I have a friend whose kids were having a disagreement (read: fight). The brother told his sister, I hate you. To which his sister, Sarah, replied, “God put me in this family & you have to love me or He’ll put you on a cross.”

That would take care of the whole sibling rivalry thing, I guess. But Sarah was right about one thing: she and her brother are family, and they need to love each other.

You see, love — the kind of love that is all over the pages of the New Testament, isn’t simply the opposite of hate. Nor is it even liking someone, and it’s definitely not about how you feel about someone else. For the truth is, brothers and sisters often don’t LIKE each other, do they? Much of the time, they don’t feel good about each other.

But real love is a choice, and chooses to act based on what you know about God, and about that person — that God IS love, and longs for that love to be made real to everyone. As Jean Vanier, the founder of L’Arche Community, has said: “Love is to reveal the beauty of another person to themselves.” Love is the choice we make to seek the best for another person.

Often, that is very practical, where I choose to do what’s right — where I choose what builds another up, or meets their need, or challenges them or encourages them. Love has as its goal the other’s best, where we take on the responsibility of choosing that best — even when it inconveniences or even harms us.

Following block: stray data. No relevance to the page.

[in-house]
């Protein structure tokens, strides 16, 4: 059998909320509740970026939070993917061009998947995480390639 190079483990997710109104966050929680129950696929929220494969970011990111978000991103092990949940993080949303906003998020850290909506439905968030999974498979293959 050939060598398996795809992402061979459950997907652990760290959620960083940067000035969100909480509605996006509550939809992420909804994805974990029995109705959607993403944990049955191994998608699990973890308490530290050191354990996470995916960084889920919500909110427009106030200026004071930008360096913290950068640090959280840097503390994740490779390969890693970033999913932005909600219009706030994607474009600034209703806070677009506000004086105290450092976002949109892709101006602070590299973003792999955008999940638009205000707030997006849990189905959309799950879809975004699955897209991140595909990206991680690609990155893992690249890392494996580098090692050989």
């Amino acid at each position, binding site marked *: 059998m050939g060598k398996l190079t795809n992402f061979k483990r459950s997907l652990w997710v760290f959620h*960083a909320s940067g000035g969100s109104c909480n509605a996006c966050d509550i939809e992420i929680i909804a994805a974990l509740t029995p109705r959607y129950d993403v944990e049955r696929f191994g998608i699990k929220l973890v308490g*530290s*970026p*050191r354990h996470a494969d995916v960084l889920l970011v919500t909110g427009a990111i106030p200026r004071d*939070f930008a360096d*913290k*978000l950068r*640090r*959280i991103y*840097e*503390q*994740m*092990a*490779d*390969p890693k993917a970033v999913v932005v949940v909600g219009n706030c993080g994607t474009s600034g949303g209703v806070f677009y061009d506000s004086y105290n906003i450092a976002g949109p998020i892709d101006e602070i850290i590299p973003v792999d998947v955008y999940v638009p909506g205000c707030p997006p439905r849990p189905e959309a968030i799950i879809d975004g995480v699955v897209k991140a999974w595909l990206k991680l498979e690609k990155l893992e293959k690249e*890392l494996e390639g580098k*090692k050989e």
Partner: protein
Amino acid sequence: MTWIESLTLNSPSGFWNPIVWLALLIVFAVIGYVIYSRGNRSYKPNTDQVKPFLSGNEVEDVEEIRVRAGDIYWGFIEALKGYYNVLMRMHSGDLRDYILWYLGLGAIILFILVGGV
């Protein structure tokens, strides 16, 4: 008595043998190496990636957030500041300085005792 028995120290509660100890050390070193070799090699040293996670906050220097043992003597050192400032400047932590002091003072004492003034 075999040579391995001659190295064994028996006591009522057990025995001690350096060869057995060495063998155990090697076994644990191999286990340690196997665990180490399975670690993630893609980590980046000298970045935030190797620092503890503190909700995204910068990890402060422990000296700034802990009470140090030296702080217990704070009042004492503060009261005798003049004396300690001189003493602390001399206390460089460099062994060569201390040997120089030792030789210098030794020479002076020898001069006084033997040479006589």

I just finished reading a book on Christian friendship, where the author, Wesley Hill, gives practical ways to live out friendship. One way you do that is by letting someone be a burden to you.

That might strike you as odd; it does me, too. And obviously that statement can be taken too far. But I like the idea behind it; that love is where we are deep enough in relationship with others that we know their burdens, and help carry them – because isn’t that what love looks like?

So, pause for a moment, and think: is there someone who may be facing challenges that you need to let be a burden to you? Where you come alongside them, or continue walking with them, and help them face something difficult, messy, something not-easily-fixed?

Because the best, most-lasting love, isn’t quick, or easy, or casual. The best love isn’t when you give five bucks to a guy on the street, or participate in a one-time service project, or even sponsor a hungry child overseas. Those may all be good things, but they don’t go very deep into the depths of love. For that, I believe, we have to love up close, personal, and faithfully.

So, who needs to be a burden to you?


One thought on “WHO is your burden?

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